Mr. B's Bistro BBQ Shrimp
Mr. B's Bistro

The First ‘Barbecue Sauce’ Was for Shrimp, Not Ribs

It doesn’t bear much resemblance to any other barbecue-style sauce
Mr. B's Bistro BBQ Shrimp
Mr. B's Bistro

In New Orleans, Mr. B's Bistro turns out a stellar barbecue shrimp.

Stick the word “barbecue” in front of any type of food and most people will interpret that to mean that it’s been smoked low and slow. And even though there are many different types of barbecue sauce out there, the general template doesn’t vary too much. But there’s one dish out there that’s “barbecued,” and drowning in sauce, but it doesn’t bear any resemblance to anything barbecue-related: New Orleans-style barbecue shrimp.

As legend has it, barbecue shrimp was invented at an Uptown New Orleans restaurant called Pascal’s Manale in the mid-1950s, after a regular who’d just gotten back from a business trip to Chicago told the chef about a dish he had there that had shrimp, lots of butter, and pepper. The chef tried to replicate the recipe, and what he created was even better than the original. It was added to the menu, and remains there to this day.

Plenty of restaurants and chefs around New Orleans have put their own spin on the recipe since, but it basically boils down to this: Whole Gulf shrimp are tossed in a sauté pan along with butter, cream, Creole seasoning, black pepper, cayenne, Worcestershire sauce, white wine, garlic, and hot sauce. It’s usually served in a large bowl, with plenty of French bread on the side for dipping.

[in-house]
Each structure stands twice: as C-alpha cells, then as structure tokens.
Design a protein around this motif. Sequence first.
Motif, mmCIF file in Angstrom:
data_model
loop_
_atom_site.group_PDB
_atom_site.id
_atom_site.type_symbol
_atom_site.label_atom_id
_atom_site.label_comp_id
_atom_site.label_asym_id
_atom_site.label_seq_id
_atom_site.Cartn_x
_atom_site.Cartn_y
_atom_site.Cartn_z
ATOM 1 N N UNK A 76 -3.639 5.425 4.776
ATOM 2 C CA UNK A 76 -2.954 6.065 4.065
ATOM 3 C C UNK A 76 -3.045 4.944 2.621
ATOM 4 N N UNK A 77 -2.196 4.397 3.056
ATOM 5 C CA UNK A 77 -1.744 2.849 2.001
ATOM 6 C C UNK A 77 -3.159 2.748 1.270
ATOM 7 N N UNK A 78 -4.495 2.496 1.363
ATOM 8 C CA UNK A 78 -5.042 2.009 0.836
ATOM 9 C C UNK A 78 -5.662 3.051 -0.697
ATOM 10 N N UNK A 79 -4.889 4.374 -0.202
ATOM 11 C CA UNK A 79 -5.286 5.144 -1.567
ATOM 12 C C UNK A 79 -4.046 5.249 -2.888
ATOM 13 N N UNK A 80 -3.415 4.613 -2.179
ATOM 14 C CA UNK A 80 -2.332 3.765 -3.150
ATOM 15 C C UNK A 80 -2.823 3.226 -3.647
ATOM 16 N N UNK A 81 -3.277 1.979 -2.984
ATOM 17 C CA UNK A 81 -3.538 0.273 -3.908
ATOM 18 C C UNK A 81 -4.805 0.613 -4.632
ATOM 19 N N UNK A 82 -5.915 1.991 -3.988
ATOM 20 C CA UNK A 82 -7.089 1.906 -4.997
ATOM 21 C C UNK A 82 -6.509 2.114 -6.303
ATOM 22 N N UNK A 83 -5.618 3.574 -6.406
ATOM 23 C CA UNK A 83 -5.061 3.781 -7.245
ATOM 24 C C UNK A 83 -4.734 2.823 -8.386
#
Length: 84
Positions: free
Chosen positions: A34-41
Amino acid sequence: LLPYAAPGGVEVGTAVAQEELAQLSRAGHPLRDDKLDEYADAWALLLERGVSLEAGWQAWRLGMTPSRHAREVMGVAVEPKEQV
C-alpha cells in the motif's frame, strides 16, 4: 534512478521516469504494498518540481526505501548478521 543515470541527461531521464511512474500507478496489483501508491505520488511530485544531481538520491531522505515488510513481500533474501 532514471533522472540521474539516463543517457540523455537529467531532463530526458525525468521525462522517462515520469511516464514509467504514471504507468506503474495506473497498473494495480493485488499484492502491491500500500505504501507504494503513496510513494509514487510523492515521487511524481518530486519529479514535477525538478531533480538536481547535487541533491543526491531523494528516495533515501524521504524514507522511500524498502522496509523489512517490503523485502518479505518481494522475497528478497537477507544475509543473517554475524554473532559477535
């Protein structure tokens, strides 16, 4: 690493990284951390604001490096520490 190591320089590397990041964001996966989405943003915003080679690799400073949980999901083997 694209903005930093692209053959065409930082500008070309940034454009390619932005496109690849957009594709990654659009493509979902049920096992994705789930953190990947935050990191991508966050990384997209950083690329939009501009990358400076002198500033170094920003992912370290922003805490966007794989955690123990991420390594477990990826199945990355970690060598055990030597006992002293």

This dish (and its accompanying sauce) is insanely delicious, but it doesn’t bear any resemblance to what’s coming out of the great smokehouses. So why is it called “barbecue” if it clearly isn’t?

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NPR tracked down Mark DeFelice, the current chef-owner of Pascale’s Manale, and asked him that very question. "Only because when it comes out, it kind of looks like it's got a reddish tint," he told them. And because barbecue sauce as we know it — that sweet, vinegary, tomatoey sauce — didn’t become a staple until the 1970s, nobody thought to call the accompanying sauce anything other than “barbecue sauce.” For New Orleans’ 31 best restaurants, click here.